Cancellation of Debt Part One: Tax Consequences on the Horizon

6/8/2017 - By John Mascaro, CPA

So, after several months of wrangling, testy email exchanges and awkward personal meetings where you’ve dragged along your attorney and CPA, that creditor who by now has become a household name (banker, or seller who took back a purchase money mortgage, or the credit card company, etc) agrees to forgive and formally cancel some or all of the debt you owe them, an issue that has been a thorn in your side for over a year.  

Your first reaction is to jump for joy, call the spouse, and plan a celebratory dinner - of course.  And that may be an understandable first reaction – after all you will not have to deal with the burdensome principal and interest payments, no more harassing emails, letters and phone calls, you can stop chugging that Pepto-Bismol® at lunch, and finally get to do something your friends say is quite an enjoyable pastime – What’s that they call it? - Oh yeah, sleep.

Not so fast.

You see, when a loan that you owe is forgiven and canceled, the amount canceled can have rather surprising tax consequences. The tax law often refers to this forgiveness as a “discharge” of debt – which almost makes it sound like a medical condition!  

The tax law considers you to have received “income” to the extent of the amount you will no longer have to repay.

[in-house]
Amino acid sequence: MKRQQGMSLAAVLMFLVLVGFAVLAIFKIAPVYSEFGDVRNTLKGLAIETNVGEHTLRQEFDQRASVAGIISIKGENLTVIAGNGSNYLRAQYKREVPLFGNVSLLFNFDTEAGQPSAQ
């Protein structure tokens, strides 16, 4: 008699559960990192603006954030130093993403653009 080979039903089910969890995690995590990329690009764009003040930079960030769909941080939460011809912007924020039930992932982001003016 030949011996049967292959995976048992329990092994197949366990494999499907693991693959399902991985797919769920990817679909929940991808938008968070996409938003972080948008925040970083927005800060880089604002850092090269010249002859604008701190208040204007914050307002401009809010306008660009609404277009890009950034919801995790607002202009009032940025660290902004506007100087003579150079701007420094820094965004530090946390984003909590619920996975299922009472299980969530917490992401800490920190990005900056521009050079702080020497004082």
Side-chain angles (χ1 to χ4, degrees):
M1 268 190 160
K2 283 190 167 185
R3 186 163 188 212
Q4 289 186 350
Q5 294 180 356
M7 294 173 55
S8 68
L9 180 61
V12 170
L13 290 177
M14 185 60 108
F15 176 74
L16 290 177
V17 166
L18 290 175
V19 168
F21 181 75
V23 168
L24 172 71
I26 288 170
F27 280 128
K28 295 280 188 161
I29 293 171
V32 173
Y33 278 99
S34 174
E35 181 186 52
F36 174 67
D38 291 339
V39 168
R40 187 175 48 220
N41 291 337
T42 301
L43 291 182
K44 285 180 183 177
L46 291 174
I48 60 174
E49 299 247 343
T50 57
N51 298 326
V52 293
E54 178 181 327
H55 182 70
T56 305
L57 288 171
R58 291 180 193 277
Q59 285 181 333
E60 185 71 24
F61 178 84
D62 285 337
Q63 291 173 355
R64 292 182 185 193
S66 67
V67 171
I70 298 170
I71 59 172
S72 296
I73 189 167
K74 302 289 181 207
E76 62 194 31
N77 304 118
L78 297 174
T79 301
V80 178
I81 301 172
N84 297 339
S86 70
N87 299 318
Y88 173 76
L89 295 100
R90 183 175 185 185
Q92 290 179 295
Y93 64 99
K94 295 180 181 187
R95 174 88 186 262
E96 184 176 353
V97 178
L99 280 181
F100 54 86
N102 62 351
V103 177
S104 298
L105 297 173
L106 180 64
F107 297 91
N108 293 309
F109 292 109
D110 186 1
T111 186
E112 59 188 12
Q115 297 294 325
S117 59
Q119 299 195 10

Ouch!  The justification for this treatment stems from the fact that presumably you’ve used the proceeds from the loan to obtain an economic benefit, including a tax benefit by way of a capitalized cost that is being amortized or depreciated as an expense over time. You might also have obtained a currently deductible expense, or the funds have become part of the cost of property that may offset some portion of any future gain when that property is sold.  

Therefore, if a lender who provided the funds later forgives your requirement to repay them, the canceled debt is now considered “income” to you at the time of such cancellation. This canceled “debt” includes not just the principal amount outstanding on your loan, but also accumulated interest.

As you might have figured out by now, you are not receiving any additional cash for this “income” (in effect, the cash already came to you by way of the earlier loaned proceeds). 

This is why cancellation of debt – or C.O.D. income - is sometimes called “phantom income."

Because such income must be included in arriving at the computation of your taxable income, unless you have other deductions to offset this phantom income, it will be wholly subject to tax at your effective tax rate for the year.  

If you have any questions about canceled debt for you or your business, email me or contact a member of our Tax Consulting team today. We look forward to advising you on this and any other tax issue you may have.   - Part 2 Coming Soon!

About the Author | John Mascaro, CPA

John is adept in helping companies develop and execute complex domestic and international tax strategies. He has served some of the world’s largest companies in varied industries, including IBM, Schlumberger, Siemens; and later specialized in the entertainment and media industry serving such notables as Viacom, Blockbuster Entertainment, MTV, VH1, Nickelodeon, SONY Pictures, SONY Music, Newsweek Magazine, McCann Erickson Advertising, Gruner & Jahr Publishing, Reuters and numerous entertainment and media celebrities.

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